Skip to main content
U.S. flag

An official website of the United States government

Official websites use .gov
A .gov website belongs to an official government organization in the United States.

Secure .gov websites use HTTPS
A lock ( ) or https:// means you’ve safely connected to the .gov website. Share sensitive information only on official, secure websites.

Simulation

In support of the use of the Standard Test Methods for remote pilot training, NIST is making 3D models of the test method apparatuses available, free of charge. These virtual test apparatuses are available to anyone interested in integrating them into their simulation to help validate the tests and support online training and evaluation tools. These models may be used in simulators, either as the are, or modified and added to other environments. 
 
Simulations are a valuable tool for training and certification for reasons that include: 
  • Providing a low cost, no risk option for familiarizing beginner pilots with basic control of sUAS. 
  • Enabling the rapid, distributed deployment of training material to a large number of remote pilots to familiarize them with the training course.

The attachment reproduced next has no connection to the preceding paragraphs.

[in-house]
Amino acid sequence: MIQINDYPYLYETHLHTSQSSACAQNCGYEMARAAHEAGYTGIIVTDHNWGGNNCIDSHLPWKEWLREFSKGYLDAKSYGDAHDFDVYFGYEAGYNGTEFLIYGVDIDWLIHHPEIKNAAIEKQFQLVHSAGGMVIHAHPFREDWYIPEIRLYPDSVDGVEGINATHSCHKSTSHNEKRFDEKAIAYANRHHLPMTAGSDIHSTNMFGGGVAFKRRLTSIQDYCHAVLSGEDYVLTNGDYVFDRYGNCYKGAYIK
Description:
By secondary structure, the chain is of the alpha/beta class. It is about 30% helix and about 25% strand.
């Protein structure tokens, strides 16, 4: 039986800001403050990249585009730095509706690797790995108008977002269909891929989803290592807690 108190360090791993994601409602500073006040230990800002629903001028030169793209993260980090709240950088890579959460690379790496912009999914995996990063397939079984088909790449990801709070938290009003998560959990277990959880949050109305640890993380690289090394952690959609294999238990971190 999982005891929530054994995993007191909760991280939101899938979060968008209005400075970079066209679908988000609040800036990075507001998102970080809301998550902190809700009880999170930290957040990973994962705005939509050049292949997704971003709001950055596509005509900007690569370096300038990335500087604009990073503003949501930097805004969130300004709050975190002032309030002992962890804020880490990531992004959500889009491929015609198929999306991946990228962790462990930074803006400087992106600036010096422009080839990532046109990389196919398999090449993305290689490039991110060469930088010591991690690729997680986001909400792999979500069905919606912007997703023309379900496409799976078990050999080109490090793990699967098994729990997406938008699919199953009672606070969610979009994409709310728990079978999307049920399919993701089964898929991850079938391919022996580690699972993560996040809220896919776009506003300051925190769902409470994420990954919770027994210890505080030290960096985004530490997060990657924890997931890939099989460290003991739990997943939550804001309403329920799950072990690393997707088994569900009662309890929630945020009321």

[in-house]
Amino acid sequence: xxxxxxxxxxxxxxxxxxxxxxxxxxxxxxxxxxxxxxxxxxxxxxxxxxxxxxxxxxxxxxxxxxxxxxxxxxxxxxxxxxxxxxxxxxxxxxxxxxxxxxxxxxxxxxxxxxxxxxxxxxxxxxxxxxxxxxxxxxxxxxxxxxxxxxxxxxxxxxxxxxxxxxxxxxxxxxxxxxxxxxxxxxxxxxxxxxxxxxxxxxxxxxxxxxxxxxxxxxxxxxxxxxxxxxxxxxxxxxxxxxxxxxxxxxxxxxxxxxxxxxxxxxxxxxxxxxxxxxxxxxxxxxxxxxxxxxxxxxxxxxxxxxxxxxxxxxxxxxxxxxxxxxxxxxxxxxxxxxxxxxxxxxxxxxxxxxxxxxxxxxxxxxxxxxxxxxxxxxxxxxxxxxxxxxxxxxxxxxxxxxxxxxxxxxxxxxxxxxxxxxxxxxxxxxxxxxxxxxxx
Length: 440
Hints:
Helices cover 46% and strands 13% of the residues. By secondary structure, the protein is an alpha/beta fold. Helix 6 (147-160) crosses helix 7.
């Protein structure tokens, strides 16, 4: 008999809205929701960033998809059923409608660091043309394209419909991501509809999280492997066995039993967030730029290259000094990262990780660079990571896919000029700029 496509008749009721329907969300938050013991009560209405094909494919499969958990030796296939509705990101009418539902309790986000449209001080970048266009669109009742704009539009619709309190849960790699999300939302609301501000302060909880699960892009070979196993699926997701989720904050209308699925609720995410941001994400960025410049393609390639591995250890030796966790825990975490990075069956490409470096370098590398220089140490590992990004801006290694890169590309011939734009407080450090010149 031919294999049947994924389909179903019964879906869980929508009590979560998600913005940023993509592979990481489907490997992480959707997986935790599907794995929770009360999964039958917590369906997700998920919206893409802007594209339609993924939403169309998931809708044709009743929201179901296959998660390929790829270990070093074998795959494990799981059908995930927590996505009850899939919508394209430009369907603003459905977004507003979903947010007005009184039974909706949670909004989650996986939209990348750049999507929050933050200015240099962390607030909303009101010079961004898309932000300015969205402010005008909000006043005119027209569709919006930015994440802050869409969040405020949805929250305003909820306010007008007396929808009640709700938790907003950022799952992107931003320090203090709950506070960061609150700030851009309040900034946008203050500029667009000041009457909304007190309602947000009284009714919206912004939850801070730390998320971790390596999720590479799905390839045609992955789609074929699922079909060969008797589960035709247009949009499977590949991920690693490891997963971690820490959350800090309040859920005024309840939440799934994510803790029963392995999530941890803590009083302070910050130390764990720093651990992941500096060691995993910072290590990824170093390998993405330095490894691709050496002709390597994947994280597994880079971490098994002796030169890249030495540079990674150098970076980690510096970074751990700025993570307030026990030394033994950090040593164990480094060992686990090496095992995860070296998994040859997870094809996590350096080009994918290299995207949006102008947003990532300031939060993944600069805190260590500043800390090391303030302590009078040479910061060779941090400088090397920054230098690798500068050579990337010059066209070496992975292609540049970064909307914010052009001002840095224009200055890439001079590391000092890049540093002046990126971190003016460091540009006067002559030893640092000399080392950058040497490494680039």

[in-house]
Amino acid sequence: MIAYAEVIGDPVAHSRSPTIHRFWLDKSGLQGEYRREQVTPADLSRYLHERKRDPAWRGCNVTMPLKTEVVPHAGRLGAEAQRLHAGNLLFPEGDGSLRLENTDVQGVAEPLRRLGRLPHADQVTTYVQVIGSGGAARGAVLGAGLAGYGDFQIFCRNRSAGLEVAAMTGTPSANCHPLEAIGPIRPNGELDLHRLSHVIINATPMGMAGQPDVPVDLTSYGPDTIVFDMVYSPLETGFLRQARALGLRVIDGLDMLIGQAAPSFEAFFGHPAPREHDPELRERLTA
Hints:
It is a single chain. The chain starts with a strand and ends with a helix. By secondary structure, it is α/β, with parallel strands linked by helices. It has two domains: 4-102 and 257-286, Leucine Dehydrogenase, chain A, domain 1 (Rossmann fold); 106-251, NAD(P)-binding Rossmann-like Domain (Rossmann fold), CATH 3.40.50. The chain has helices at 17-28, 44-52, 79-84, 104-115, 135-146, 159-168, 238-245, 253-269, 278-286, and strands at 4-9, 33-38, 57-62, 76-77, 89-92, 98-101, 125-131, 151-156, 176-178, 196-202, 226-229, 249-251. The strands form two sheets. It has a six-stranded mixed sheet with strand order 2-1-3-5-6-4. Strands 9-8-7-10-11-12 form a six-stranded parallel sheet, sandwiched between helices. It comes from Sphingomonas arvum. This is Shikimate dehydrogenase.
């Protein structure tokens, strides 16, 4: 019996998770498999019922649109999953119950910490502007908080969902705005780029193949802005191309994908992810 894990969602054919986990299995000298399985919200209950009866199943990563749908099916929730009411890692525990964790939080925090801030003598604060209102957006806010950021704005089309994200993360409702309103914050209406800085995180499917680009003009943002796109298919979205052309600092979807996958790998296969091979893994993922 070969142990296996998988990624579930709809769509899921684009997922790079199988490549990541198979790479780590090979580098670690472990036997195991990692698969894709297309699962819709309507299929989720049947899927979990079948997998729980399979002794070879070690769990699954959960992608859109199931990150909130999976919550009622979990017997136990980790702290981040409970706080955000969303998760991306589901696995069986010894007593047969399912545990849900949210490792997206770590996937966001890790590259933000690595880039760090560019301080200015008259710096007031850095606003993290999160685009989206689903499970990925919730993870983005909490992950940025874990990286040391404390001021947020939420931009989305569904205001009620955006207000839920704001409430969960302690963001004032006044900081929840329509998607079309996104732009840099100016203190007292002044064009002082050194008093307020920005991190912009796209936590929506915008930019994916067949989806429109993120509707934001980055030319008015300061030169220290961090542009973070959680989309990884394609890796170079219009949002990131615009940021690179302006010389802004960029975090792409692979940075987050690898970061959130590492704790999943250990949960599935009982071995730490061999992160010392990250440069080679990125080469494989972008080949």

• Allowing proficient pilots to experiment with "pushing the limits" in a low-risk environment. 
 
Practice and testing on a real sUAS, in a real environment, is still necessary. Using simulation ensures that a minimum level of proficiency is achieved in the given test prior to risking the real sUAS. 

Currently available models:

Models in development:

  • Sensor Test Lane
  • Obstructed Test Lane
  • Obstructed Building Scenario
  • Confined Test Lane
  • Confined Maze Scenario
  • Obstructed and Confined Bus Scenario
  • Combined Drone Park

Technical Details:

The models are provided as an .obj file, along with an accompanying .mtl file and individual texture files. Instructions for loading them into an example of a commercially available simulator are available from here . We encourage simulation vendors to make use of these models in their own simulations and to augment them with other models, automatic scoring, and so-on. At a first pass, including the models, and some way of recording screenshots, is all you need to implement for the simulation to be useful for training.
 
Please contact robottestmethods [at] nist.gov (us) for any questions or comments. 
Created August 3, 2022